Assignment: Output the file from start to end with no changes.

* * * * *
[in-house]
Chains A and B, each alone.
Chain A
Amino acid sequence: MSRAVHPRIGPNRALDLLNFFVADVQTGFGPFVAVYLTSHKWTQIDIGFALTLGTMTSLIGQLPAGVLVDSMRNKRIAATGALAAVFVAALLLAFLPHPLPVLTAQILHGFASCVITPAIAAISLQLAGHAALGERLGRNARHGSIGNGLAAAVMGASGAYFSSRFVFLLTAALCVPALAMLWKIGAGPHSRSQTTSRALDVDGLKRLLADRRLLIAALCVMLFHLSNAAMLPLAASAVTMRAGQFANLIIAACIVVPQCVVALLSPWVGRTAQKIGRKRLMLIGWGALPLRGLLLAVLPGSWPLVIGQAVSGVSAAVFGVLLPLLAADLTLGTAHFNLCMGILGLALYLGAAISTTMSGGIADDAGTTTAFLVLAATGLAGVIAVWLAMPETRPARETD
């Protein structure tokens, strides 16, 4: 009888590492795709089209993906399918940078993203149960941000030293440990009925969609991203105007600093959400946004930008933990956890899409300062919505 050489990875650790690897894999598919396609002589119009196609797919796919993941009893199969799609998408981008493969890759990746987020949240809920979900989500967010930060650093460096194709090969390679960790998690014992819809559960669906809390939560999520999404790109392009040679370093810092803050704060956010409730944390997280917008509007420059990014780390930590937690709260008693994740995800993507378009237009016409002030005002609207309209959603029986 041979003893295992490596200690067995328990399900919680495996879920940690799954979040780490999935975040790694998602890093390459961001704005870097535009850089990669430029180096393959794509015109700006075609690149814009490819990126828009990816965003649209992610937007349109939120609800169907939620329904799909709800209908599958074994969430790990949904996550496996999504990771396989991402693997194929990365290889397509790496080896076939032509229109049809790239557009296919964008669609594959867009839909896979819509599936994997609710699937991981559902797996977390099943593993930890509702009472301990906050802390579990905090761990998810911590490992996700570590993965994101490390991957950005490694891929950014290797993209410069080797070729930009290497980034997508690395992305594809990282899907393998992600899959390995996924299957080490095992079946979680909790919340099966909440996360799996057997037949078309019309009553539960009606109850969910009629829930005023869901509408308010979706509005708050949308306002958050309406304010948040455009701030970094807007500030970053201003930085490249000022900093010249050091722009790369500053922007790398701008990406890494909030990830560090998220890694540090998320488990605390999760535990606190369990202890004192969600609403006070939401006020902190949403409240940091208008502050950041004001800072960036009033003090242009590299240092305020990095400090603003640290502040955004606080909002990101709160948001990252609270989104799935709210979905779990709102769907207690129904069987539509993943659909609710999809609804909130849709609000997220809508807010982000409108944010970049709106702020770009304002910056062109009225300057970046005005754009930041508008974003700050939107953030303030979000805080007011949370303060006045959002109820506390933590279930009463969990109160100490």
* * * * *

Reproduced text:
[in-house]
Chains A and B, each alone.
Chain A
Amino acid sequence: MSRAVHPRIGPNRALDLLNFFVADVQTGFGPFVAVYLTSHKWTQIDIGFALTLGTMTSLIGQLPAGVLVDSMRNKRIAATGALAAVFVAALLLAFLPHPLPVLTAQILHGFASCVITPAIAAISLQLAGHAALGERLGRNARHGSIGNGLAAAVMGASGAYFSSRFVFLLTAALCVPALAMLWKIGAGPHSRSQTTSRALDVDGLKRLLADRRLLIAALCVMLFHLSNAAMLPLAASAVTMRAGQFANLIIAACIVVPQCVVALLSPWVGRTAQKIGRKRLMLIGWGALPLRGLLLAVLPGSWPLVIGQAVSGVSAAVFGVLLPLLAADLTLGTAHFNLCMGILGLALYLGAAISTTMSGGIADDAGTTTAFLVLAATGLAGVIAVWLAMPETRPARETD
């Protein structure tokens, strides 16, 4: 009888590492795709089209993906399918940078993203149960941000030293440990009925969609991203105007600093959400946004930008933990956890899409300062919505 050489990875650790690897894999598919396609002589119009196609797919796919993941009893199969799609998408981008493969890759990746987020949240809920979900989500967010930060650093460096194709090969390679960790998690014992819809559960669906809390939560999520999404790109392009040679370093810092803050704060956010409730944390997280917008509007420059990014780390930590937690709260008693994740995800993507378009237009016409002030005002609207309209959603029986 041979003893295992490596200690067995328990399900919680495996879920940690799954979040780490999935975040790694998602890093390459961001704005870097535009850089990669430029180096393959794509015109700006075609690149814009490819990126828009990816965003649209992610937007349109939120609800169907939620329904799909709800209908599958074994969430790990949904996550496996999504990771396989991402693997194929990365290889397509790496080896076939032509229109049809790239557009296919964008669609594959867009839909896979819509599936994997609710699937991981559902797996977390099943593993930890509702009472301990906050802390579990905090761990998810911590490992996700570590993965994101490390991957950005490694891929950014290797993209410069080797070729930009290497980034997508690395992305594809990282899907393998992600899959390995996924299957080490095992079946979680909790919340099966909440996360799996057997037949078309019309009553539960009606109850969910009629829930005023869901509408308010979706509005708050949308306002958050309406304010948040455009701030970094807007500030970053201003930085490249000022900093010249050091722009790369500053922007790398701008990406890494909030990830560090998220890694540090998320488990605390999760535990606190369990202890004192969600609403006070939401006020902190949403409240940091208008502050950041004001800072960036009033003090242009590299240092305020990095400090603003640290502040955004606080909002990101709160948001990252609270989104799935709210979905779990709102769907207690129904069987539509993943659909609710999809609804909130849709609000997220809508807010982000409108944010970049709106702020770009304002910056062109009225300057970046005005754009930041508008974003700050939107953030303030979000805080007011949370303060006045959002109820506390933590279930009463969990109160100490």